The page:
I mentioned a few blogs ago that Steve had entered a triathlon for the first time ever – this weekend gone, he completed it!
It was a “sprint” triathlon apparently, although an hour and a half of constant swimming, cycling and running don’t constitute a sprint in my books!! Nevertheless a 400m swim, 20km cycle and 5km run are what it entailed and Steve, along with 900 or so other brave souls, completed the course on Sunday.
The day started at 6 am – Steve’s allotted swim start time was 9 am so he wanted breakfast in good time for it to settle before the ride. At 7 am with porridge downed and gear packed methodically, off we set to Skipton, 17 miles or so from home. We had to be there an hour early to register, watch the educational safety video and prepare his gear in the “transition area”, however, we arrived at 7.30 as Steve wanted to be there in ample time to psyche himself up.
As the start time approached, I could see he was getting more and more excited, yet nervous at the same time. Steve’s a mad keen cyclist and he cycles and runs with the dogs, so I knew that aspect wasn’t concerning him too much. Swimming, however….is another matter. He’s not the strongest, shall we say, and he’d sort of setting his sights on getting through that discipline, after when I think he believed everything would be ok.
At 9 am, off he set swimming, along with several others (it was a staggered start throughout the day), in their designated lanes. There were 4 to a lane and he set off at a mad pace in what I can only assume was a clear desire to get the pool out of the way! Soon enough he was jumping out of the pool 16 lengths later, feeling glad that was done.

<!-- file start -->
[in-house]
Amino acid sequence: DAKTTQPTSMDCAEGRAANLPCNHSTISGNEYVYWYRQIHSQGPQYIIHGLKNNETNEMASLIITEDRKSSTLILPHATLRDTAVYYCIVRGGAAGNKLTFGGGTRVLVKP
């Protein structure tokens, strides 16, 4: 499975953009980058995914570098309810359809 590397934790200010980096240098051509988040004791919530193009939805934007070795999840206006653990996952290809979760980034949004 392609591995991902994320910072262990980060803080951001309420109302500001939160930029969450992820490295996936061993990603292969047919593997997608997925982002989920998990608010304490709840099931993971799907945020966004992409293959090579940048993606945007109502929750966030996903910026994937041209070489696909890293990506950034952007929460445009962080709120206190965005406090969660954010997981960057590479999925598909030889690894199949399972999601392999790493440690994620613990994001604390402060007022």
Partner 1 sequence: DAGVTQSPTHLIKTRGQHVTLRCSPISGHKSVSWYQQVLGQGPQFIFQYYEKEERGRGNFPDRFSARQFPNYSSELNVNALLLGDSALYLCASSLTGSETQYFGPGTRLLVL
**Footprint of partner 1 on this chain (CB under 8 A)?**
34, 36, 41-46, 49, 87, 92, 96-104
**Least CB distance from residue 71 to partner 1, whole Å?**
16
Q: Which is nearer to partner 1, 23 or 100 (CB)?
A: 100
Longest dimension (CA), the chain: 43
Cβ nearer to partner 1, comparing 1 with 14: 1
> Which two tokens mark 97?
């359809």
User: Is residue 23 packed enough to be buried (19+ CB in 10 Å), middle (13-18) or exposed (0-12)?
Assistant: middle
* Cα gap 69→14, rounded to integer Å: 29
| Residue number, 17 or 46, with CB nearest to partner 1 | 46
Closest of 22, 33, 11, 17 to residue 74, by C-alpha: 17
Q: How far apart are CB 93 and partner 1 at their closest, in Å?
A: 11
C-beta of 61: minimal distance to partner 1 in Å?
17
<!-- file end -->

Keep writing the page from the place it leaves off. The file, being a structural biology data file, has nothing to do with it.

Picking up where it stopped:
Off to transition, he ran, ready to set off on the bike ride. This was his confident leg and surely enough, he felt good to be on the bike and in familiar territory. However, whilst the weather was kind in being dry and relatively warm, it was horrendously windy. This hampered many riders and there were reports of terrible gusts almost blowing the riders off as they set out for the turning point.
It took Steve 50 minutes to complete the 20km leg before he rolled back into the transition area ready to start the run. As he swapped cycle shoes for trainers, he set off up the hill for the final leg, the run. Two laps of a pre-set course taking in the sports complex grounds and some on-road running were required. The route was up and downhill with little flat, so it was no surprise when I saw him running past looking absolutely shattered. I’d been talking to a family whilst he was on the course, so as he passed, we all cheered him on, which spurred his spirits – he almost smiled!!
Another 10 minutes or so and past us he came again, to a further cheer, after which I ran to the top of the hill and gave him another cheer as he came past with only 200 metres to go, before running down to the finish line to see him cross. He says his life flashed before his eyes on that last lap and judging by the look in his eyes, it did!
Shattered and ecstatic he was. Proud I was. An amazing effort that saw him complete the course in under an hour and a half, finishing 336th out of 900 or so in his first-ever triathlon. Did he “Catch the bug?” Well, immediately after he said never again, however on Monday morning I saw him looking at other upcoming events…..you never know.
Finally, Steve took on the challenge for two reasons – one for the experience of competing in a triathlon but mainly as a training session for what I know he classes as the real deal this year – his Pedal for Pounds ride in aid of the Keep It Up Campaign, supporting the Yorkshire Air Ambulance. Thank you!